A Rare Interview With A Designer who Designs Command-line Interfaces

May 13, 2024
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Before we dive in, you may wonder what a terminal application and command-line interface (CLI) are. For context, a terminal application is a computer program that provides a powerful way to perform various tasks efficiently. They are integral to many software development workflows, offering flexibility, speed, and precise control over system operations. With command-line interfaces (CLI), users (typically developers, system administrators, and power users) input concise text-based commands to be handled; navigate file systems, copy data, and manage applications to name a few.

For years, terminal and command-line applications have followed a familiar pattern: developers identify a need, code a solution, and release it for free, often as open-source software.

While this fosters a vibrant development community, user interface (UI) design can take a backseat. This lack of focus on UI can hinder user experience, making even powerful tools less accessible and intuitive.

Recently, one of our open source teams developed Envy, a tracing library and accompanying web application.

Envy will trace the network calls from every application in your stack and allow you to view them in a central place. Whether you are running a Node.js backend, Express, Apollo, or even a Next.js server, Envy will capture it all.

But, for developers who prefer the efficiency of developing directly in the terminal, constantly switching back and forth to the browser can disrupt their workflow.

Building A Solution

Our team set out to build a terminal application for Envy with two main objectives

  • Gain experience writing code in Rust: it’s one of the most admired programming languages, and we’d like to understand why
  • Create a full-featured terminal application: this is the first-time our team is building a TUI application, so we can learn a lot
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We wanted to take a less common approach and involve our experienced UX design team early in the development process. This allowed us to prioritize user needs and create a terminal application with a thoughtfully crafted UI that balances power with accessibility and intuitiveness.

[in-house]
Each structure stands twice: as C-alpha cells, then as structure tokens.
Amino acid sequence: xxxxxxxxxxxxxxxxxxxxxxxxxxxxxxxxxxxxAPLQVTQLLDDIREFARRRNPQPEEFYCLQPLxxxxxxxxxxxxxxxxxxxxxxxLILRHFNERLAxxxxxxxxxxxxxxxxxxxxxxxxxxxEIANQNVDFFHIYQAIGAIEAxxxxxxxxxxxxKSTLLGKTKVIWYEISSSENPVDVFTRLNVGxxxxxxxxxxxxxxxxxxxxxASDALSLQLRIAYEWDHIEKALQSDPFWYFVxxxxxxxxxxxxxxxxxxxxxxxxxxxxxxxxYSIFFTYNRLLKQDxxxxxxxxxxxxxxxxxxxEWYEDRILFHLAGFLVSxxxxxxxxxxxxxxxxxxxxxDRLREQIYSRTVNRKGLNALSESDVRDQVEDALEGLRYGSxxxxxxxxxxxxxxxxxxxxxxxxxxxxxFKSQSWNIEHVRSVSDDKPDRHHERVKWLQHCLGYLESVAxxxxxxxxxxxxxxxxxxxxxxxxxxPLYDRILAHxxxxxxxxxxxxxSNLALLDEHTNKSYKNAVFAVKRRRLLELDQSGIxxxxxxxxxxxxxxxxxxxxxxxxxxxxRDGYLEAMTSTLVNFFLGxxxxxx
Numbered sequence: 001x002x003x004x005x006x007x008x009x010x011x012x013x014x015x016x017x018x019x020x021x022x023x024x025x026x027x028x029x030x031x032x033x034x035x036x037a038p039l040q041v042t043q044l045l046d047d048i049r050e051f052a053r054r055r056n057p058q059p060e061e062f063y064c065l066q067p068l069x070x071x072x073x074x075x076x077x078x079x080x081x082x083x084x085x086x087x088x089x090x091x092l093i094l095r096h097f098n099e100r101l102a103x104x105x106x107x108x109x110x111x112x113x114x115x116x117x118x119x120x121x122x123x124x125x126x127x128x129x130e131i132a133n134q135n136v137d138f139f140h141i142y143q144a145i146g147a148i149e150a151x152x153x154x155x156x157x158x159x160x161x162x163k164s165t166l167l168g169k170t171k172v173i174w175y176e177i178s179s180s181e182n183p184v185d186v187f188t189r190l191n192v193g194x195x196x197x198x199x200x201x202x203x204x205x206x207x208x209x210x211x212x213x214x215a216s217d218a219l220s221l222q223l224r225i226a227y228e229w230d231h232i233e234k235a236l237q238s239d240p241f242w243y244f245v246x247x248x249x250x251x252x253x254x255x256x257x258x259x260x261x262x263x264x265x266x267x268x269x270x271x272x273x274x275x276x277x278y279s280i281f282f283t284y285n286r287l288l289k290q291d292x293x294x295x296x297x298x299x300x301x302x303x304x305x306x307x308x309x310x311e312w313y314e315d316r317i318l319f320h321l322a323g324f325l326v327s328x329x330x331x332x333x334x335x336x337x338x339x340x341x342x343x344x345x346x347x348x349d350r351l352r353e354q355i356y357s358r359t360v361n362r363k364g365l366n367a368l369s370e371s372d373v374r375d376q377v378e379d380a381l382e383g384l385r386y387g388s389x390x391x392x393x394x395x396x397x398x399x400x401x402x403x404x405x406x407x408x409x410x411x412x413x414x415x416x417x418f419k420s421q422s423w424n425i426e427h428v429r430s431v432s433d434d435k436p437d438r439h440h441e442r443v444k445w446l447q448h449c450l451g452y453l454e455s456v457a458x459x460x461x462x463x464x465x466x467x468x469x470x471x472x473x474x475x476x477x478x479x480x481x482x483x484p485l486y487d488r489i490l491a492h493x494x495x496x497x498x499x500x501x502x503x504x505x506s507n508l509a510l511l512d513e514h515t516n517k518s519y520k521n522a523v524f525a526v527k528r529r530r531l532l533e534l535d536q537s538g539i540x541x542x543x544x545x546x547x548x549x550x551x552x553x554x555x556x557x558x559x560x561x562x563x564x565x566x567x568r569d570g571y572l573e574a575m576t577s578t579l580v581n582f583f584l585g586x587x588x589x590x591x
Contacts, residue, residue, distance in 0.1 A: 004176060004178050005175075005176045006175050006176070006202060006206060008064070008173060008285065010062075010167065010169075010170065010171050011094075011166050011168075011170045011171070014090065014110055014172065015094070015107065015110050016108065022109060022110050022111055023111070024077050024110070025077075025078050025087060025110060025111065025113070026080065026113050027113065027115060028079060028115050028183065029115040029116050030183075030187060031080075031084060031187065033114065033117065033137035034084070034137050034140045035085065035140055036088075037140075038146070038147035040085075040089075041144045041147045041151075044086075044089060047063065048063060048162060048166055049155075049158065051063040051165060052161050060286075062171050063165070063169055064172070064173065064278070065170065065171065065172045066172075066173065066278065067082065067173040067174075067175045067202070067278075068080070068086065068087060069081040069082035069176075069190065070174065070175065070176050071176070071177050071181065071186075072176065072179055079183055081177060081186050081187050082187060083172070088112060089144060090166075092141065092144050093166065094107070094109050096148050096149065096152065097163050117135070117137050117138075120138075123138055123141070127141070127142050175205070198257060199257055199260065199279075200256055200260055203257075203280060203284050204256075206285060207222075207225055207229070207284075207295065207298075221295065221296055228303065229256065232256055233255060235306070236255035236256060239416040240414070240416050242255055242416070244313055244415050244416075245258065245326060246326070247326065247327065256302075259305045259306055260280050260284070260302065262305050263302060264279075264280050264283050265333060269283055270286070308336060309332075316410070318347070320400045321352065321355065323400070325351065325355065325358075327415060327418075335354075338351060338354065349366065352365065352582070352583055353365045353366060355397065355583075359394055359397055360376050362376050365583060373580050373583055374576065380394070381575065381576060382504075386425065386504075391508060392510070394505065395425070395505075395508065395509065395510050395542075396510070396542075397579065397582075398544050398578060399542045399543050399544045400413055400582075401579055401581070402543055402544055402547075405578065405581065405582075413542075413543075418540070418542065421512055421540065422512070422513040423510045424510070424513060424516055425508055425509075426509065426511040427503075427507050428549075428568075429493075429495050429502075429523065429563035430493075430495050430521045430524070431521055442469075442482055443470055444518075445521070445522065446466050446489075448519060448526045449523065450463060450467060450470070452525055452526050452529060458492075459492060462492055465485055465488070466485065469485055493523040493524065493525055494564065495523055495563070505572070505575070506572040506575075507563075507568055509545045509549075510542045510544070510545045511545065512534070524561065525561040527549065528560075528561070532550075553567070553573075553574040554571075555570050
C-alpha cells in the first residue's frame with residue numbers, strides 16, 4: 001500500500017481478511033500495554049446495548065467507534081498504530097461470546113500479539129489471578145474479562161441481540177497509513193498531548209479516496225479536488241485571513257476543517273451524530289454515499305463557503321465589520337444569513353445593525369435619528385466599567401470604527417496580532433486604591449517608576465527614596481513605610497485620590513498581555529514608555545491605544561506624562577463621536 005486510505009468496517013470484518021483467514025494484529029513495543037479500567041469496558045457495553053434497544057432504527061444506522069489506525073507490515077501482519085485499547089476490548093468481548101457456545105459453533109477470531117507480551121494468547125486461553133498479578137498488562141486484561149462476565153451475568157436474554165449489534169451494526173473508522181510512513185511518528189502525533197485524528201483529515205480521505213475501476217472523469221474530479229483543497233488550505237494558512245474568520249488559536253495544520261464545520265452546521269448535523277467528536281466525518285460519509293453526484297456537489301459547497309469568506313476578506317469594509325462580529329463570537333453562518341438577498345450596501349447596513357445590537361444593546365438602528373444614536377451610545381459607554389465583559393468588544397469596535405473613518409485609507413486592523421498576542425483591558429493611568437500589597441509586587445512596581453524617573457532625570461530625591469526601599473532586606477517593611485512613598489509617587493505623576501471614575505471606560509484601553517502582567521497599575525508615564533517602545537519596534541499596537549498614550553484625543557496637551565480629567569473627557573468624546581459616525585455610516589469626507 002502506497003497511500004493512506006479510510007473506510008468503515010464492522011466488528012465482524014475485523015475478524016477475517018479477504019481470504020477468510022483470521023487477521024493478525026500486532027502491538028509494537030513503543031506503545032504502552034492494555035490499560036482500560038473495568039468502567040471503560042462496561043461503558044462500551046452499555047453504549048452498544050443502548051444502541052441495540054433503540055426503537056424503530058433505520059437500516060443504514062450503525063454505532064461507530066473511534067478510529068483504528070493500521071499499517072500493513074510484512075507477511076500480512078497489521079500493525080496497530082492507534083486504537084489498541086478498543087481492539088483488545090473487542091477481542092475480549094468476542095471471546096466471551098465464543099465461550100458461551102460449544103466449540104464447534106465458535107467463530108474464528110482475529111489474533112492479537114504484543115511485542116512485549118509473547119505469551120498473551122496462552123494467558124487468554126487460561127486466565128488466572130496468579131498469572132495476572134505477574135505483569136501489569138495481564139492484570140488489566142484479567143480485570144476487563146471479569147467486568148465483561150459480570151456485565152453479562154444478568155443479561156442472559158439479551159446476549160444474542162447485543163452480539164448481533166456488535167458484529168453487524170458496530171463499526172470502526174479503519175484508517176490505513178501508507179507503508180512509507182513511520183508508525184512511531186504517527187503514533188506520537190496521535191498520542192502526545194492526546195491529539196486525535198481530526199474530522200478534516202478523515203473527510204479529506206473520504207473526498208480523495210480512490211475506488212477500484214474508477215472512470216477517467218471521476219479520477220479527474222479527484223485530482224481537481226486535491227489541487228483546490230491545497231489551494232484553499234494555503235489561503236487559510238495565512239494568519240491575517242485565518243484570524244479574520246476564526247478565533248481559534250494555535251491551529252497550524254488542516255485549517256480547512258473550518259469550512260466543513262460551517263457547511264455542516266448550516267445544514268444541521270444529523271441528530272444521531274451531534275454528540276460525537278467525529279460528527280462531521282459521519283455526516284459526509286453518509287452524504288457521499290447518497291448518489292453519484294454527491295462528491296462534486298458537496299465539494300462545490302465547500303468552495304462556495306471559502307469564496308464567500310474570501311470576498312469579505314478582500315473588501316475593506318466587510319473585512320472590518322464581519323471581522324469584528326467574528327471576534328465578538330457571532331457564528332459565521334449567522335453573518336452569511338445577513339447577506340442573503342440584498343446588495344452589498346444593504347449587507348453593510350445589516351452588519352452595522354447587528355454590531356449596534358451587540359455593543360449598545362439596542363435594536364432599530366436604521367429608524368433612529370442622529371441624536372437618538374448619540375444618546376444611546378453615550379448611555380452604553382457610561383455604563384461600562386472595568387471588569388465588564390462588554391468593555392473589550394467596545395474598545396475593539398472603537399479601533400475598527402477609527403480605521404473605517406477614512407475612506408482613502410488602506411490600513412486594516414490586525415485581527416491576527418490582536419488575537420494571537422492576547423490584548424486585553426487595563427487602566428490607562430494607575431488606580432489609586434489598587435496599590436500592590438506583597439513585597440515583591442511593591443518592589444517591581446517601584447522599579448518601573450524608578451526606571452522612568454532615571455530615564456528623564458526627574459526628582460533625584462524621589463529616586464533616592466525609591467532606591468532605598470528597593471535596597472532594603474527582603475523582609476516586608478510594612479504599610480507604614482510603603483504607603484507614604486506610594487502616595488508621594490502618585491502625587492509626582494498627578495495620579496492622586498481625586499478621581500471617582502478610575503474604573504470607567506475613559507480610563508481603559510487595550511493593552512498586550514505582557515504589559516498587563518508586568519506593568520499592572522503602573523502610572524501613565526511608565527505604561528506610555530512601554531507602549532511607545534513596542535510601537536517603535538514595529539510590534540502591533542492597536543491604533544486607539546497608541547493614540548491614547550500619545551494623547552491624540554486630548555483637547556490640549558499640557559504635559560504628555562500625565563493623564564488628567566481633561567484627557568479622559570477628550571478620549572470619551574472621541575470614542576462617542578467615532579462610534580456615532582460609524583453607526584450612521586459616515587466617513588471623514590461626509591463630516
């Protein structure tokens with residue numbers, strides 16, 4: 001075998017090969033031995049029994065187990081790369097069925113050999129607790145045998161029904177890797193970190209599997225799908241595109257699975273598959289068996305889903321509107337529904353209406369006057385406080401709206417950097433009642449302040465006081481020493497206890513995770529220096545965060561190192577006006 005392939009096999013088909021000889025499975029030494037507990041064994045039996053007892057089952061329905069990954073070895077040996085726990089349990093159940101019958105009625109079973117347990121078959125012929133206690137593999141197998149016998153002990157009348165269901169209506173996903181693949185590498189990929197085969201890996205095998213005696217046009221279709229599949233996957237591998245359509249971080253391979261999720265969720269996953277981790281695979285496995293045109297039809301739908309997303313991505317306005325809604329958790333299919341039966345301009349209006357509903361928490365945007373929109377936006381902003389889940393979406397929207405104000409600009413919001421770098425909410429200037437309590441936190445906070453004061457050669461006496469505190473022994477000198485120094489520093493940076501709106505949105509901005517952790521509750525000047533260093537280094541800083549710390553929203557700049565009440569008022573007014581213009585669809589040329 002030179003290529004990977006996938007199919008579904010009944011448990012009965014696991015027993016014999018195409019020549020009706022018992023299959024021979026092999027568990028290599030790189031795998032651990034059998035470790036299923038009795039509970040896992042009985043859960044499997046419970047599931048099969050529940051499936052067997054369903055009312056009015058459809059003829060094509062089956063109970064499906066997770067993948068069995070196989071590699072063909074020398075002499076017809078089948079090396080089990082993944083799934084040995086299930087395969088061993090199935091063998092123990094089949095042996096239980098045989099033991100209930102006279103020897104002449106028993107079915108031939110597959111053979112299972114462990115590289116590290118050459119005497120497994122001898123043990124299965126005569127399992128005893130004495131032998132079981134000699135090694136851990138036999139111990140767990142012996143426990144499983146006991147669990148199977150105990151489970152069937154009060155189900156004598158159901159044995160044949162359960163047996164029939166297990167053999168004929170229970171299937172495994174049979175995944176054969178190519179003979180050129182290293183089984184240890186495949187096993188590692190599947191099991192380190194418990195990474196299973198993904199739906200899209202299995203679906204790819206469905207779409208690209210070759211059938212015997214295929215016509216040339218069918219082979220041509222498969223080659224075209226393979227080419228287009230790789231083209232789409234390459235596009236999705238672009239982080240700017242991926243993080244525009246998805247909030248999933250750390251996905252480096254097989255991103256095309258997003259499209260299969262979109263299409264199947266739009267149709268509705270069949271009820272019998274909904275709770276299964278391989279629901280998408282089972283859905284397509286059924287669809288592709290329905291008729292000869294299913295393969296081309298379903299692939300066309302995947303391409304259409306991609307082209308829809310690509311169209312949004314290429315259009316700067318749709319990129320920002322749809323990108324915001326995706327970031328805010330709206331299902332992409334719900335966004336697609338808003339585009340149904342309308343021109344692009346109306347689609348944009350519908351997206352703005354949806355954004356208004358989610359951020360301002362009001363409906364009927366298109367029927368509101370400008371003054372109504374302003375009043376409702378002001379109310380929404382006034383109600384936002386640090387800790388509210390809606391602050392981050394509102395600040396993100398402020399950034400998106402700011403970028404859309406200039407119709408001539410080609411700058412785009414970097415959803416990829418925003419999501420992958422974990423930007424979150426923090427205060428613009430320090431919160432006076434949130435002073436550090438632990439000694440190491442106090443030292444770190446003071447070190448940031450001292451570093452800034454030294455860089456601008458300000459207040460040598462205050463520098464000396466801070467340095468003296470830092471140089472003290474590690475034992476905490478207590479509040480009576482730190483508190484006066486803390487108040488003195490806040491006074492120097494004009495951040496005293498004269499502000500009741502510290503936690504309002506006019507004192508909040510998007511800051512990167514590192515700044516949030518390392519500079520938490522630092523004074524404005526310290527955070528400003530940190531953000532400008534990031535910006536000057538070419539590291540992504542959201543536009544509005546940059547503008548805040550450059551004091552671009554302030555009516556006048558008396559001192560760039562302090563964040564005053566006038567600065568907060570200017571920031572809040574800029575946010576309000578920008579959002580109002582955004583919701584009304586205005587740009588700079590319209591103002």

We asked Gaby, one of our Senior Product Designers, to overhaul the interface. The results were transformative: our clunky layout became an intuitive application.

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In light of this transformation, we’d like to share an interview between Gaby and Scott, one of the main developers of the application.

How do you approach designing for an unfamiliar medium, such as this?

Research is so incredibly valuable when designing for situations like these. My first source was open investigation through reddit and design resources, followed by specific terminal app recommendations from colleagues. Right away, I understood the keyboard-as-navigation experience; how quick and game-like the interactions feel. Once I got my footing, I considered how to translate the existing UI and keep existing functionality intact. I also began to inventory all the screens that would have to be re-structured entirely.

What did you prioritize in the terminal application over the browser application?

The web experience, designed by Ryan Srofe is extremely effective and fluid — and I was fortunate to have this foundation as a resource. In it, different views are revealed with familiar UI elements like tabs and expandable accordions. Because of this, users can easily toggle, navigate or close tabs based on their needs. In the terminal space, these tools are not available — so I had to editorialize. I had to group content into categories: “persistent” vs “hide/show”. The conclusion that I reached was something like this. “Traces” “Request Body” and “Response Body” were assigned to the “persistent” category, and everything else went into the “hide/show”.

The pop-out and close customization is a unique design feature. What inspired that decision?

The central design conundrum for Envy terminal experience is this: how do we present all the information the user wants without creating a cluttered mess. The answer is: only show the user what’s relevant to them. How do we know what’s relevant to them? We don’t have to know; we simply have to give the user the tools to customize our tool according to their needs. This is how I came to the pop-out/close feature. This simple mechanism allows the user to expand or contract the amount of data visible at any time. This gives the user what they want, and leaves out what they don’t need.

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What are your thoughts on the state of “terminal design” today?

The terminal development space seems incredibly niche — and also free-ing. There’s a sense that this is a space that cannot be easily monetized, and therefore function and purpose prevail. I’m not an engineer, but I get the appeal of this very off-road space. Having only worked on this project for a short time, I can’t say that I have much perspective on “terminal design today”. I can say that it feels quirky and inventive in a way that the early web used to be. I hope to see more terminal applications that appeal to a broader public.

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